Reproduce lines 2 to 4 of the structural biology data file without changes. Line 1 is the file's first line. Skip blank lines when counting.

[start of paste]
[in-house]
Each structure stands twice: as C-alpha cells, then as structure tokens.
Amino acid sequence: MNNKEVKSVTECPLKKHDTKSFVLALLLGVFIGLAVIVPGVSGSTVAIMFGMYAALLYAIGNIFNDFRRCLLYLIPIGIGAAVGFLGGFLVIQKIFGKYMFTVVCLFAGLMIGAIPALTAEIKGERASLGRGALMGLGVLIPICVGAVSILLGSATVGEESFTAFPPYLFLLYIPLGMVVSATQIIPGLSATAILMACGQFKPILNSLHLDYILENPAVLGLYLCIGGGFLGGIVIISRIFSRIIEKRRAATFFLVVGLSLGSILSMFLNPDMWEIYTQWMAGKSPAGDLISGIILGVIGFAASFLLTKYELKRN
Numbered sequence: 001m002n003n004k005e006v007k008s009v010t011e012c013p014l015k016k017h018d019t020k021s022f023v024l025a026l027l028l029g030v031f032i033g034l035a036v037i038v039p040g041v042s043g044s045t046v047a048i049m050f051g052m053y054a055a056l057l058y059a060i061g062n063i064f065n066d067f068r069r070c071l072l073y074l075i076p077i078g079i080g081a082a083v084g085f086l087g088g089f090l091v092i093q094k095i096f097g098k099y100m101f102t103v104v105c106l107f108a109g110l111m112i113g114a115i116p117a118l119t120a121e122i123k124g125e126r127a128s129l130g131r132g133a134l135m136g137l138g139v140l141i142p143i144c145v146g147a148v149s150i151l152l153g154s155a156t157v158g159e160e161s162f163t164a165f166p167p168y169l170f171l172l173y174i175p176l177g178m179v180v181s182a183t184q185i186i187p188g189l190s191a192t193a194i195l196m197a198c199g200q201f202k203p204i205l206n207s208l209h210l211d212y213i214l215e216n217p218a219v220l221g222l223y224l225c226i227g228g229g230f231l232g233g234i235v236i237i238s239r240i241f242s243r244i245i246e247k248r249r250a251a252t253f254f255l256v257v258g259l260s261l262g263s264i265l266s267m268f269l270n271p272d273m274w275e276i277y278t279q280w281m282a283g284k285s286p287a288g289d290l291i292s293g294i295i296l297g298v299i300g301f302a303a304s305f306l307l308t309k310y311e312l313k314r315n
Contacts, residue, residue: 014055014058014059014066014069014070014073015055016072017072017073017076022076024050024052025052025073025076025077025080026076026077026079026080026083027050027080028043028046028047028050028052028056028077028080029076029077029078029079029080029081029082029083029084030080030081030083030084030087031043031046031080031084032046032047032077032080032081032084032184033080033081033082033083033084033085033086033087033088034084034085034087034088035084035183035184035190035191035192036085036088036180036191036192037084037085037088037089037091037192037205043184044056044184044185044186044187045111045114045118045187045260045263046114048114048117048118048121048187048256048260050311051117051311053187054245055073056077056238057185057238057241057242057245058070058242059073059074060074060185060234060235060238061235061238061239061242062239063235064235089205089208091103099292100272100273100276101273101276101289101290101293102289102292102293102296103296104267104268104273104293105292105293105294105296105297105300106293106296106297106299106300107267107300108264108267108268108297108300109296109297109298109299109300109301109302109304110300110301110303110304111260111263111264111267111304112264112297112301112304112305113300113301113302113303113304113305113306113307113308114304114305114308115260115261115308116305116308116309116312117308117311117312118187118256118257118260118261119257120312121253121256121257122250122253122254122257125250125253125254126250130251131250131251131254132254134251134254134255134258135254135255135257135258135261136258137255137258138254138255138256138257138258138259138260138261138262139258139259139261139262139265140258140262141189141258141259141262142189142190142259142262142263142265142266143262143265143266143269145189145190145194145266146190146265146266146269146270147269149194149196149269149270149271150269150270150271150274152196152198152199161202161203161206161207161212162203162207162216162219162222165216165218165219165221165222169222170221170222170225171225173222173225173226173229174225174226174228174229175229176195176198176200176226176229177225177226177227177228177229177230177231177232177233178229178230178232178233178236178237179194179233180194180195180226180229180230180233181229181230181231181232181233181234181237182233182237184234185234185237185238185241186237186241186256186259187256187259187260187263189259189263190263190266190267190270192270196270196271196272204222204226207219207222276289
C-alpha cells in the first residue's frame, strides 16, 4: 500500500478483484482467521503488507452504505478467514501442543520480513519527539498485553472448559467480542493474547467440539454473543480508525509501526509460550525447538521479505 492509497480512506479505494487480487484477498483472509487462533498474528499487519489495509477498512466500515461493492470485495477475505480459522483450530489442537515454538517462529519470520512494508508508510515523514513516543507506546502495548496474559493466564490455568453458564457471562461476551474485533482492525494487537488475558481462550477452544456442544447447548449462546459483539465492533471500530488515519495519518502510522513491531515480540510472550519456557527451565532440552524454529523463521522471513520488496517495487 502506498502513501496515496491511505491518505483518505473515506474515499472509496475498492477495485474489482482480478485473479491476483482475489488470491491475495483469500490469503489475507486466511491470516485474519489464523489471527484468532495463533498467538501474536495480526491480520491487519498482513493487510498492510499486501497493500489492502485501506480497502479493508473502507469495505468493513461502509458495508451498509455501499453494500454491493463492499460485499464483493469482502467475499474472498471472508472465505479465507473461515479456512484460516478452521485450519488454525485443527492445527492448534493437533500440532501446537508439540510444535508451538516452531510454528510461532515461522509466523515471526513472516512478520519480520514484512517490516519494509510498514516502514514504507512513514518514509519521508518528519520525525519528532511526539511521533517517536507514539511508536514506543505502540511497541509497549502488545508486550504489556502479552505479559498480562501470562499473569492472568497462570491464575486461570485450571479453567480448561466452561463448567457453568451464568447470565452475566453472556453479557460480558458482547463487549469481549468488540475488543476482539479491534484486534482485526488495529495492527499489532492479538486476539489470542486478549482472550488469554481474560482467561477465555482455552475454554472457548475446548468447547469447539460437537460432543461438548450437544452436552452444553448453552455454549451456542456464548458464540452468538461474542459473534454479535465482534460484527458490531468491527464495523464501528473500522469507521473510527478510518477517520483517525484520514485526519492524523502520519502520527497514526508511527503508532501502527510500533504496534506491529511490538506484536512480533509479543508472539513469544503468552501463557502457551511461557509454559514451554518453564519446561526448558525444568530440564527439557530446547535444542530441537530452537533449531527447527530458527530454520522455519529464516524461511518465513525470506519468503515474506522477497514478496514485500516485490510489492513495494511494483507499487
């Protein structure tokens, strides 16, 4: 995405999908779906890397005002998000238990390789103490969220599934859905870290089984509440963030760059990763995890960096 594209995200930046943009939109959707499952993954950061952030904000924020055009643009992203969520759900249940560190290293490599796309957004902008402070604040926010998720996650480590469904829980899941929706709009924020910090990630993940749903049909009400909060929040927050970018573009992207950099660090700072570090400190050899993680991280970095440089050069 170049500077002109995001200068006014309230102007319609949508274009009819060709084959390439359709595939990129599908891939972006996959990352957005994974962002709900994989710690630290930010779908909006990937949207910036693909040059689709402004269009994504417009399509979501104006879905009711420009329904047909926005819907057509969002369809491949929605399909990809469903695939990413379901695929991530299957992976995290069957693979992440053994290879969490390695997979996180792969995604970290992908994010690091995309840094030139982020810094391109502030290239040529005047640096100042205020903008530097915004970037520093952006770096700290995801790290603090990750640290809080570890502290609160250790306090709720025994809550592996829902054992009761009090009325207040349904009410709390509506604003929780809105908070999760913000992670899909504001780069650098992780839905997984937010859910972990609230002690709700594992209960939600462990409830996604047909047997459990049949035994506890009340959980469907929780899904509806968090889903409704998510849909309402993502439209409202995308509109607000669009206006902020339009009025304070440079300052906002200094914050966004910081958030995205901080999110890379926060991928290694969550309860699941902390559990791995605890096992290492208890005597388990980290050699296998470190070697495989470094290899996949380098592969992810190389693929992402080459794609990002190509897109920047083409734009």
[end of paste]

Each structure stands twice: as C-alpha cells, then as structure tokens.
Amino acid sequence: MNNKEVKSVTECPLKKHDTKSFVLALLLGVFIGLAVIVPGVSGSTVAIMFGMYAALLYAIGNIFNDFRRCLLYLIPIGIGAAVGFLGGFLVIQKIFGKYMFTVVCLFAGLMIGAIPALTAEIKGERASLGRGALMGLGVLIPICVGAVSILLGSATVGEESFTAFPPYLFLLYIPLGMVVSATQIIPGLSATAILMACGQFKPILNSLHLDYILENPAVLGLYLCIGGGFLGGIVIISRIFSRIIEKRRAATFFLVVGLSLGSILSMFLNPDMWEIYTQWMAGKSPAGDLISGIILGVIGFAASFLLTKYELKRN
Numbered sequence: 001m002n003n004k005e006v007k008s009v010t011e012c013p014l015k016k017h018d019t020k021s022f023v024l025a026l027l028l029g030v031f032i033g034l035a036v037i038v039p040g041v042s043g044s045t046v047a048i049m050f051g052m053y054a055a056l057l058y059a060i061g062n063i064f065n066d067f068r069r070c071l072l073y074l075i076p077i078g079i080g081a082a083v084g085f086l087g088g089f090l091v092i093q094k095i096f097g098k099y100m101f102t103v104v105c106l107f108a109g110l111m112i113g114a115i116p117a118l119t120a121e122i123k124g125e126r127a128s129l130g131r132g133a134l135m136g137l138g139v140l141i142p143i144c145v146g147a148v149s150i151l152l153g154s155a156t157v158g159e160e161s162f163t164a165f166p167p168y169l170f171l172l173y174i175p176l177g178m179v180v181s182a183t184q185i186i187p188g189l190s191a192t193a194i195l196m197a198c199g200q201f202k203p204i205l206n207s208l209h210l211d212y213i214l215e216n217p218a219v220l221g222l223y224l225c226i227g228g229g230f231l232g233g234i235v236i237i238s239r240i241f242s243r244i245i246e247k248r249r250a251a252t253f254f255l256v257v258g259l260s261l262g263s264i265l266s267m268f269l270n271p272d273m274w275e276i277y278t279q280w281m282a283g284k285s286p287a288g289d290l291i292s293g294i295i296l297g298v299i300g301f302a303a304s305f306l307l308t309k310y311e312l313k314r315n